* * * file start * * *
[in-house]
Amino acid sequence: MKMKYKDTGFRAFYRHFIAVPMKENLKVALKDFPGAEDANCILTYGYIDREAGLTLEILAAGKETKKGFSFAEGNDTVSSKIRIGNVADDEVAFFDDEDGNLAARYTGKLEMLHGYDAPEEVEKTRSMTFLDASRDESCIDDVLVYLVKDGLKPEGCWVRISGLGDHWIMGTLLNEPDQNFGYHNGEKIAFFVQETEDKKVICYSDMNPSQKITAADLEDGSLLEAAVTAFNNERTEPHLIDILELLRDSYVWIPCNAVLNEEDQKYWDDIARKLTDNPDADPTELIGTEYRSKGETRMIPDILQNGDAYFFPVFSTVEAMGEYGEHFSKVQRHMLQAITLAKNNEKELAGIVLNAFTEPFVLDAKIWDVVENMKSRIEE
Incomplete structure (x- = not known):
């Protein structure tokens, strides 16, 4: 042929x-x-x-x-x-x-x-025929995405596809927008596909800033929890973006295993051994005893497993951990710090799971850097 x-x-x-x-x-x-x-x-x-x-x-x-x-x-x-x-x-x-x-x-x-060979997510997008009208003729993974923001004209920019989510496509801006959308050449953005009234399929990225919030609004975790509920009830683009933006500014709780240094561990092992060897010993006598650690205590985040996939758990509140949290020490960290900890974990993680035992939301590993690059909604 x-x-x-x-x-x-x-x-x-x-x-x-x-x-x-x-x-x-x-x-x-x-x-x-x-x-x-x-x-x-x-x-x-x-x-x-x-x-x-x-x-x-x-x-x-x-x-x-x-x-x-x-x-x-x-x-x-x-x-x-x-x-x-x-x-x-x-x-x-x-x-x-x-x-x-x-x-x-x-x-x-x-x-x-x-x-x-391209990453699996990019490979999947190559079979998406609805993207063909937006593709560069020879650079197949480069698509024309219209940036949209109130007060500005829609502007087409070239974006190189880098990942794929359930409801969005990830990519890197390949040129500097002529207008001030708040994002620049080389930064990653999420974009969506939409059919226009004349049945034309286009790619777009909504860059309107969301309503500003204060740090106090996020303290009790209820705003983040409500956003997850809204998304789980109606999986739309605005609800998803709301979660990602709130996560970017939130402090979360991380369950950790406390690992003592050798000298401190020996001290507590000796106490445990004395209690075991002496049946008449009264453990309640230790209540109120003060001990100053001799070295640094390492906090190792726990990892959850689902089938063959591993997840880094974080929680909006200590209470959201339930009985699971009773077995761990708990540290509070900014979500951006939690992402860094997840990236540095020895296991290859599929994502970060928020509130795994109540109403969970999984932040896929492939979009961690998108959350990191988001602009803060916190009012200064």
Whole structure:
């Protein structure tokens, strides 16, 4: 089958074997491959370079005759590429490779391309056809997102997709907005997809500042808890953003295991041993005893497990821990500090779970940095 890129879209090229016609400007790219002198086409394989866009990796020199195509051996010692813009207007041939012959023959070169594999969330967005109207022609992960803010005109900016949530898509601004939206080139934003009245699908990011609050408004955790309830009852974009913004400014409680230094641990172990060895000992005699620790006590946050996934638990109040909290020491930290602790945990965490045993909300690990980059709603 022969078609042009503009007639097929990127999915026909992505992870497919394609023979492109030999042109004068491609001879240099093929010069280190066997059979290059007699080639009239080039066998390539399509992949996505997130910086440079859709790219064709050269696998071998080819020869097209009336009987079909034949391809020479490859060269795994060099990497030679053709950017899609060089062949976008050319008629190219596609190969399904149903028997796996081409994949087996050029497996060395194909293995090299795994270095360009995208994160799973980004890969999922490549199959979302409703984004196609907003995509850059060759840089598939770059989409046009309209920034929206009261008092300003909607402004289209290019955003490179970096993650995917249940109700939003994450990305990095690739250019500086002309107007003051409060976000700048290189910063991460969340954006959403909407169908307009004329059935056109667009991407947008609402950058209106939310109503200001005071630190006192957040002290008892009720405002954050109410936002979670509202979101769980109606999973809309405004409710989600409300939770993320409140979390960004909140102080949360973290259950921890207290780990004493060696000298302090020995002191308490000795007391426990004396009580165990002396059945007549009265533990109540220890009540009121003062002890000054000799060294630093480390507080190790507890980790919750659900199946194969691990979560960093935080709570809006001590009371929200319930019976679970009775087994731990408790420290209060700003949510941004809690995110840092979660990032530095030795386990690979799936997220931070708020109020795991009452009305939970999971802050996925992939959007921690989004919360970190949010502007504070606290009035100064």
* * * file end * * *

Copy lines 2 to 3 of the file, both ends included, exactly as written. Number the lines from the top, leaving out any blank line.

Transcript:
Amino acid sequence: MKMKYKDTGFRAFYRHFIAVPMKENLKVALKDFPGAEDANCILTYGYIDREAGLTLEILAAGKETKKGFSFAEGNDTVSSKIRIGNVADDEVAFFDDEDGNLAARYTGKLEMLHGYDAPEEVEKTRSMTFLDASRDESCIDDVLVYLVKDGLKPEGCWVRISGLGDHWIMGTLLNEPDQNFGYHNGEKIAFFVQETEDKKVICYSDMNPSQKITAADLEDGSLLEAAVTAFNNERTEPHLIDILELLRDSYVWIPCNAVLNEEDQKYWDDIARKLTDNPDADPTELIGTEYRSKGETRMIPDILQNGDAYFFPVFSTVEAMGEYGEHFSKVQRHMLQAITLAKNNEKELAGIVLNAFTEPFVLDAKIWDVVENMKSRIEE
Incomplete structure (x- = not known):